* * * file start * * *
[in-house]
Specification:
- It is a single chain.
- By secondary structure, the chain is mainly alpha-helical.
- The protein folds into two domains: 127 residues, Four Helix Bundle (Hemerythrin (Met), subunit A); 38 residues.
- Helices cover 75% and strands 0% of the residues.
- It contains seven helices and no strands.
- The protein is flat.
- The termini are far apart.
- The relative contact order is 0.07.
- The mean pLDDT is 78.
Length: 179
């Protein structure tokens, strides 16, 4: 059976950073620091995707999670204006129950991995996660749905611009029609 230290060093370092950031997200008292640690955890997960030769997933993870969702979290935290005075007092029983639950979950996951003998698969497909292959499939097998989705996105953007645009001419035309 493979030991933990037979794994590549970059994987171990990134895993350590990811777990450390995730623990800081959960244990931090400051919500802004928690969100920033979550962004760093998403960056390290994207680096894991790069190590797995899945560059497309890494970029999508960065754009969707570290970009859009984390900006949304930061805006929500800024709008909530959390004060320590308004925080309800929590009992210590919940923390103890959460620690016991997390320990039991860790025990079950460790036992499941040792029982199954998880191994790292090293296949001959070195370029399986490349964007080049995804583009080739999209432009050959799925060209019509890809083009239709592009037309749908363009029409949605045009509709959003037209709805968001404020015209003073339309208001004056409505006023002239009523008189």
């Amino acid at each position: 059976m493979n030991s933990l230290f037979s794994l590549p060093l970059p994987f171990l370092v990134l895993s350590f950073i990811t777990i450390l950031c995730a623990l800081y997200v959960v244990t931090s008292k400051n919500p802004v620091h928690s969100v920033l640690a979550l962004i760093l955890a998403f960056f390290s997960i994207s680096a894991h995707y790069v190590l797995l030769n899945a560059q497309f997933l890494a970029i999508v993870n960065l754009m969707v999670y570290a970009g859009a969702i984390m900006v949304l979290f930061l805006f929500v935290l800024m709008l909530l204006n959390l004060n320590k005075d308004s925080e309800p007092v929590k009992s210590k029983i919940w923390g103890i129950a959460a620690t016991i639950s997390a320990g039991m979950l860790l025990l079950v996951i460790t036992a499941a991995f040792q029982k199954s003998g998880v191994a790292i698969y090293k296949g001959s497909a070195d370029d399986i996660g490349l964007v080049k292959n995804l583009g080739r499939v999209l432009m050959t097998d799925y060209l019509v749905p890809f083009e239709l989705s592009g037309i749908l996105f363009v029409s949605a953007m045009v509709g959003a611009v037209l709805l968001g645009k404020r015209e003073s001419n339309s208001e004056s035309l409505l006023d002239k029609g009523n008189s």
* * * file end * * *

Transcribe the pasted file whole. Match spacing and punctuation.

[in-house]
Specification:
- It is a single chain.
- By secondary structure, the chain is mainly alpha-helical.
- The protein folds into two domains: 127 residues, Four Helix Bundle (Hemerythrin (Met), subunit A); 38 residues.
- Helices cover 75% and strands 0% of the residues.
- It contains seven helices and no strands.
- The protein is flat.
- The termini are far apart.
- The relative contact order is 0.07.
- The mean pLDDT is 78.
Length: 179
């Protein structure tokens, strides 16, 4: 059976950073620091995707999670204006129950991995996660749905611009029609 230290060093370092950031997200008292640690955890997960030769997933993870969702979290935290005075007092029983639950979950996951003998698969497909292959499939097998989705996105953007645009001419035309 493979030991933990037979794994590549970059994987171990990134895993350590990811777990450390995730623990800081959960244990931090400051919500802004928690969100920033979550962004760093998403960056390290994207680096894991790069190590797995899945560059497309890494970029999508960065754009969707570290970009859009984390900006949304930061805006929500800024709008909530959390004060320590308004925080309800929590009992210590919940923390103890959460620690016991997390320990039991860790025990079950460790036992499941040792029982199954998880191994790292090293296949001959070195370029399986490349964007080049995804583009080739999209432009050959799925060209019509890809083009239709592009037309749908363009029409949605045009509709959003037209709805968001404020015209003073339309208001004056409505006023002239009523008189």
């Amino acid at each position: 059976m493979n030991s933990l230290f037979s794994l590549p060093l970059p994987f171990l370092v990134l895993s350590f950073i990811t777990i450390l950031c995730a623990l800081y997200v959960v244990t931090s008292k400051n919500p802004v620091h928690s969100v920033l640690a979550l962004i760093l955890a998403f960056f390290s997960i994207s680096a894991h995707y790069v190590l797995l030769n899945a560059q497309f997933l890494a970029i999508v993870n960065l754009m969707v999670y570290a970009g859009a969702i984390m900006v949304l979290f930061l805006f929500v935290l800024m709008l909530l204006n959390l004060n320590k005075d308004s925080e309800p007092v929590k009992s210590k029983i919940w923390g103890i129950a959460a620690t016991i639950s997390a320990g039991m979950l860790l025990l079950v996951i460790t036992a499941a991995f040792q029982k199954s003998g998880v191994a790292i698969y090293k296949g001959s497909a070195d370029d399986i996660g490349l964007v080049k292959n995804l583009g080739r499939v999209l432009m050959t097998d799925y060209l019509v749905p890809f083009e239709l989705s592009g037309i749908l996105f363009v029409s949605a953007m045009v509709g959003a611009v037209l709805l968001g645009k404020r015209e003073s001419n339309s208001e004056s035309l409505l006023d002239k029609g009523n008189s």